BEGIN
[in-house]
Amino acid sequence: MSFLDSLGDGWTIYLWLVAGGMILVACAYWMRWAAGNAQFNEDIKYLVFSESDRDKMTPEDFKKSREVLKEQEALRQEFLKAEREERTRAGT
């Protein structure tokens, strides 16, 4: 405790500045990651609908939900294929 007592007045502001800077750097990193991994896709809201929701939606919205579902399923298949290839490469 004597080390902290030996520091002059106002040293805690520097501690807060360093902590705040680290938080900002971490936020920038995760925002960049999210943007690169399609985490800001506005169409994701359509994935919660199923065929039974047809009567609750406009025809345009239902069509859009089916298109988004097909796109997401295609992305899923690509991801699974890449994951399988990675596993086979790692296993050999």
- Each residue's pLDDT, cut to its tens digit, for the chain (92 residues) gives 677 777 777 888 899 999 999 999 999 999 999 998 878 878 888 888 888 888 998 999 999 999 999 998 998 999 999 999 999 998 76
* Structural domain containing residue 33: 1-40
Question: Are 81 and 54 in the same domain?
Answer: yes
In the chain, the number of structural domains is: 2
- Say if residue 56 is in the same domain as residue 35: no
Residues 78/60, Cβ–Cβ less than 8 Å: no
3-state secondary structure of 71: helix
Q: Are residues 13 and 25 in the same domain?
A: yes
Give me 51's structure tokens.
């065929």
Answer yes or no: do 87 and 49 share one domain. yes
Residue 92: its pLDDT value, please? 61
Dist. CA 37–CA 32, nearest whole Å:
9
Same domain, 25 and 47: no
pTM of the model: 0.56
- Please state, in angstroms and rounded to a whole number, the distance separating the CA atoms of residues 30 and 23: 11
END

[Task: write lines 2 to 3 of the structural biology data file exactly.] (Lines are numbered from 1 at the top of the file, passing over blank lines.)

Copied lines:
Amino acid sequence: MSFLDSLGDGWTIYLWLVAGGMILVACAYWMRWAAGNAQFNEDIKYLVFSESDRDKMTPEDFKKSREVLKEQEALRQEFLKAEREERTRAGT
């Protein structure tokens, strides 16, 4: 405790500045990651609908939900294929 007592007045502001800077750097990193991994896709809201929701939606919205579902399923298949290839490469 004597080390902290030996520091002059106002040293805690520097501690807060360093902590705040680290938080900002971490936020920038995760925002960049999210943007690169399609985490800001506005169409994701359509994935919660199923065929039974047809009567609750406009025809345009239902069509859009089916298109988004097909796109997401295609992305899923690509991801699974890449994951399988990675596993086979790692296993050999």